Maduro supporters march on International Workers’ Day in the Venezuelan capital

Teruggi is an Argentine journalist and political analyst living in Caracas. Taking into account that it is impossible to have confidence in any of the statements from the White House from the gang of liars carrying out U.S. policy toward Venezuela, and the completely biased reporting in the corporate media, WW editors have given priority to publishing online Teruggi’s and other authoritative articles from progressive journalists in Latin America. The original of the article below was published in on May 2. Translation by Workers World managing editor John Catalinotto.

Tensions minute by minute, statements, social networks — People here experienced May 1 as a continuity of what started on April 30. The right wing had announced that this date would be the beginning of the definitive moment of “Operation Freedom,” a phase that finally was put in motion in the early hours of April 30 with images that went around the world. First, [presidential pretender] Juan Guaidó announced that the mobilization would take place starting from several gathering points. The question was: What would the rightists try to do in view of their need to maintain the gambit after the failed coup?

The day began calmly. Guaidó spoke after noon, and, as he is accustomed to in his speeches, he referred to the need to not lose the street, to remain mobilized, as well as the plan to begin a staggered strike until a general strike [developed]. His supporters expected a radical change that never happened. The pathway after his speech was blurred, particularly because it is not the first time that he announced a strike that later fails to take place, and because — that is the reason — Guaidó’s active social base has no strength among the workers.

The rightist activities took place in several points at the same time. The epicenter was again the wealthy Altamira neighborhood, with a greater presence than yesterday. There, episodes of confrontation occurred as part of the scenario the right wing planned because it needs to maintain tension to generate images and news.

The opposition did nothing else during the afternoon. The other rightist leader, Leopoldo López, kept silent from the Spanish embassy, where he had sought refuge. In Guaidó’s meeting the question was heard about the whereabouts of López, the fugitive leader of Voluntad Popular (VP), the party to which Guaidó belongs. VP is at the forefront of the coup d’état at the national level along with Primero Justicia, the party of Capriles Radonski and Julio Borges. Guaidó did not give answers about López, who is a major player in the local strategy of the plan of attack.

The international gang was also in motion: Mike Pompeo, U.S. Secretary of State, met with his Russian counterpart, Sergey Lavrov, to discuss Venezuela, and the U.S. interim Secretary of Defense cancelled his trip to Europe because of the crisis in Venezuela. President Donald Trump threatened yesterday a complete blockade of Cuba if the island does not “withdraw its troops and militias” from Venezuela.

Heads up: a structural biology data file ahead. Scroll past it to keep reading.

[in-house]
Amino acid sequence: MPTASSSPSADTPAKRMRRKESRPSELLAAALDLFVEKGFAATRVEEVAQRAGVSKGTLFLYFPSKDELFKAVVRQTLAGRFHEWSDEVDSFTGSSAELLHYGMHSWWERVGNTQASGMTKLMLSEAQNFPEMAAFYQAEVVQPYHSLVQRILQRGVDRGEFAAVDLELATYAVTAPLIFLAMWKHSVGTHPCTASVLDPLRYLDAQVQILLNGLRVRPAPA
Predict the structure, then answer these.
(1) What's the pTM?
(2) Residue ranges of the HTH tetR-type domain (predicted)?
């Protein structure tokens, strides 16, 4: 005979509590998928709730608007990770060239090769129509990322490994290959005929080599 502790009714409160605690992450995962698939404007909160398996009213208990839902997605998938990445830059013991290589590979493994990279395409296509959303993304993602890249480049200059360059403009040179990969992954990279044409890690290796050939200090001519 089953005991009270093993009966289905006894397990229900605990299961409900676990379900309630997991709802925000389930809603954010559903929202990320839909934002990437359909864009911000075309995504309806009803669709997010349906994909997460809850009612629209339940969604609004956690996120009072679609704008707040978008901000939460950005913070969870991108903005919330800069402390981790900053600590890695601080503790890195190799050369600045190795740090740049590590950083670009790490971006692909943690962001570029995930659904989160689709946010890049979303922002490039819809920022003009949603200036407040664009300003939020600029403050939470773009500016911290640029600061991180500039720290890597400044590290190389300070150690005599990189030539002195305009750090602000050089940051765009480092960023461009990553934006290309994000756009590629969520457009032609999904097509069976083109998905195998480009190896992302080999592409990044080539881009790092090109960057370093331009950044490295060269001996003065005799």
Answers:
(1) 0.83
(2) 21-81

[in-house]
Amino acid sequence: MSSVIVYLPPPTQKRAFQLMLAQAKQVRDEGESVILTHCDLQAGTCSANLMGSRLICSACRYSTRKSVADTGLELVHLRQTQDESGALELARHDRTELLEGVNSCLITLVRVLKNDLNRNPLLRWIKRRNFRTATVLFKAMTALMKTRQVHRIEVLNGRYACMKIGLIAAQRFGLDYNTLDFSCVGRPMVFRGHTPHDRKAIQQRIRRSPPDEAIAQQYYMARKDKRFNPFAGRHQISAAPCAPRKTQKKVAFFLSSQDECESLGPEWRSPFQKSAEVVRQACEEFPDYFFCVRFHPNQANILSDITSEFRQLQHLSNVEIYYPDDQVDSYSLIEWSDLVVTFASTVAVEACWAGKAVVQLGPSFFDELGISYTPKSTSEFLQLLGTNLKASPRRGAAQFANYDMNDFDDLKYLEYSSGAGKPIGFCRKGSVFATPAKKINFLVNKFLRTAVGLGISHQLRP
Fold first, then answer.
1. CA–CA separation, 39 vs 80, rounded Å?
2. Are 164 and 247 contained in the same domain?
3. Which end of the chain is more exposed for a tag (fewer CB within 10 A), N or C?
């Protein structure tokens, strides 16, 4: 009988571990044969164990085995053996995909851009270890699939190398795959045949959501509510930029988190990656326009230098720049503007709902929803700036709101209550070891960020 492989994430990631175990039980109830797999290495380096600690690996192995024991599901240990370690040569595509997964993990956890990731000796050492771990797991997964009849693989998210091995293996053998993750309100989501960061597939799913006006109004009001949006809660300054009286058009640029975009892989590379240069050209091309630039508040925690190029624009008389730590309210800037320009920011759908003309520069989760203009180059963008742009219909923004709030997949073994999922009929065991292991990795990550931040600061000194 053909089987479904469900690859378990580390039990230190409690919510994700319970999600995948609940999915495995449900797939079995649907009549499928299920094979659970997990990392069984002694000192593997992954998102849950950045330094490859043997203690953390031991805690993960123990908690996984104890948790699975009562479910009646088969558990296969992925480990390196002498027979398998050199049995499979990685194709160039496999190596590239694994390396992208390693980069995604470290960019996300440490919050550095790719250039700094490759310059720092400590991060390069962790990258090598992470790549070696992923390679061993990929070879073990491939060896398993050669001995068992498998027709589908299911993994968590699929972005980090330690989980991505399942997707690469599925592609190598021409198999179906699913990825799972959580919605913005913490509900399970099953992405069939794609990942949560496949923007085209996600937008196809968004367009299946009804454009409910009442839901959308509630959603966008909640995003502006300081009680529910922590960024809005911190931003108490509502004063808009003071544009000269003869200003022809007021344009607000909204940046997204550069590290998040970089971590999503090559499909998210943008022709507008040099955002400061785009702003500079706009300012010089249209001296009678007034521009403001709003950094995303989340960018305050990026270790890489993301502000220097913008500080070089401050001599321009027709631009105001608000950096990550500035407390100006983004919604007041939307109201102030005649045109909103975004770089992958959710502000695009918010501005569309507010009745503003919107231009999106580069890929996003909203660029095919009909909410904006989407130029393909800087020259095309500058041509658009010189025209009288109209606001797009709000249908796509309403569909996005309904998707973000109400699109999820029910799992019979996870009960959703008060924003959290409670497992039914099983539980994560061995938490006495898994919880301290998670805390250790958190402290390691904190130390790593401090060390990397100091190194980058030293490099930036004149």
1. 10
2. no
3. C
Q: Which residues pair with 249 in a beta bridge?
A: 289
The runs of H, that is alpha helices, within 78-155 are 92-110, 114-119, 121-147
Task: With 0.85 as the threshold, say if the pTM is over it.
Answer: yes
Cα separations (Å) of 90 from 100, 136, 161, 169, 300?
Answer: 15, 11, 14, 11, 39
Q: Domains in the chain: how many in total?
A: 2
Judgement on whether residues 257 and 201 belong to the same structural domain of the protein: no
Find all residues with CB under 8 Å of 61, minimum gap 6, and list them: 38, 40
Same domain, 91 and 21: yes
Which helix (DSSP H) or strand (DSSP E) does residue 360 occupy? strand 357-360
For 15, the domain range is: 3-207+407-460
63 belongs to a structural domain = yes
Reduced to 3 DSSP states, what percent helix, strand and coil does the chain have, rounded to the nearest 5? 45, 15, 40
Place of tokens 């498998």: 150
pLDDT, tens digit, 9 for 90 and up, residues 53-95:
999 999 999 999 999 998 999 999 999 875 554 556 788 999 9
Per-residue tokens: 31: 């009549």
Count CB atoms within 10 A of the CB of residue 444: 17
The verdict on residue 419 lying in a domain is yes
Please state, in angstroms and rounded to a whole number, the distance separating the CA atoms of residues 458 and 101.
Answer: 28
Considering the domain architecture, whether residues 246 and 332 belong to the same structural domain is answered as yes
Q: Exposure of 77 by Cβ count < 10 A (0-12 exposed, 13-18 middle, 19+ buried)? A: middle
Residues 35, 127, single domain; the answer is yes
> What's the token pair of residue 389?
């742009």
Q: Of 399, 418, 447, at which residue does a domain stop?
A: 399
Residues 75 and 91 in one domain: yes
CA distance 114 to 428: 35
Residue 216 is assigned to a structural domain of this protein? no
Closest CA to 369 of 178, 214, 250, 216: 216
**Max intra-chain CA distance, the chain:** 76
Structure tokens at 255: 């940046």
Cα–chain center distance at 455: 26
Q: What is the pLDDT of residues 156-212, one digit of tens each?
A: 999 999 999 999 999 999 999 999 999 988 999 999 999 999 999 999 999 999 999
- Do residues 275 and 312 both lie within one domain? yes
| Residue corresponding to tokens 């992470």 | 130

The U.S. special envoy for Venezuela, Elliot Abrams, said that the Chavistas with whom he negotiated “have turned off their cell phones.” This was in line with the statements made by National Security Advisor, John Bolton, who said on April 30 that several high-level leaders in Venezuela had already backed his plan, but in the end had never acted.

The first of May was also a day of mobilization of Chavismo. As it is every year, the march was big, in a new demonstration — as it was yesterday and has always been since the beginning of January — of the street capacity of the Chavista movement. The final rally took place near the Miraflores Presidential Palace, where several leaders spoke, as well as President Nicolás Maduro.

Maduro calls on mass organization to take the streets

In this context, Maduro referred to the current situation of attack by the U.S. and its allies, and made an appeal in the event of an assault on the government by those attempting to carry out the coup d’état: “Let all the local supply and production committees, communal councils, Bolivarian militias, Hugo Chávez battle units, the people in the street, take to the streets, do not hesitate for a second.”

Maduro also announced that there will be days of dialogue, action and proposals on the weekend of May 4 and 5 together with the different structures of popular power, the United Socialist Party of Venezuela, and the governors. The objective: to inform Maduro what needs to be changed, to draw up a plan to correct any errors.

The first of May ended with a surface calm and many questions. What are the next steps in the attempted overthrow? What was the objective of the April 30 announcement? Was it a test balloon to measure relative strength? An action that in essence failed? A change of leadership so that Leopoldo López comes into play?

The next few days, weeks, will give more answers to these questions. The coup agenda continues and the U.S. plan that seeks a rapid outcome remains in motion, works at all levels, seeks internal breakdowns that are manifested the day they are put in play. In that sense, the most relevant event of April 30 seems to have been the removal of the now former director of the Bolivarian Intelligence Service.

Venezuela continues in unstable equilibrium, [with] the assaults faced by Chavismo, the inability of the coup strategy to achieve the outcome at the same time as the wear and tear caused by the economic situation and the impact of destabilization operations. The situation seems far from having a close resolution point.

Here is a link to another reliable report from Caracas from FightBack News:

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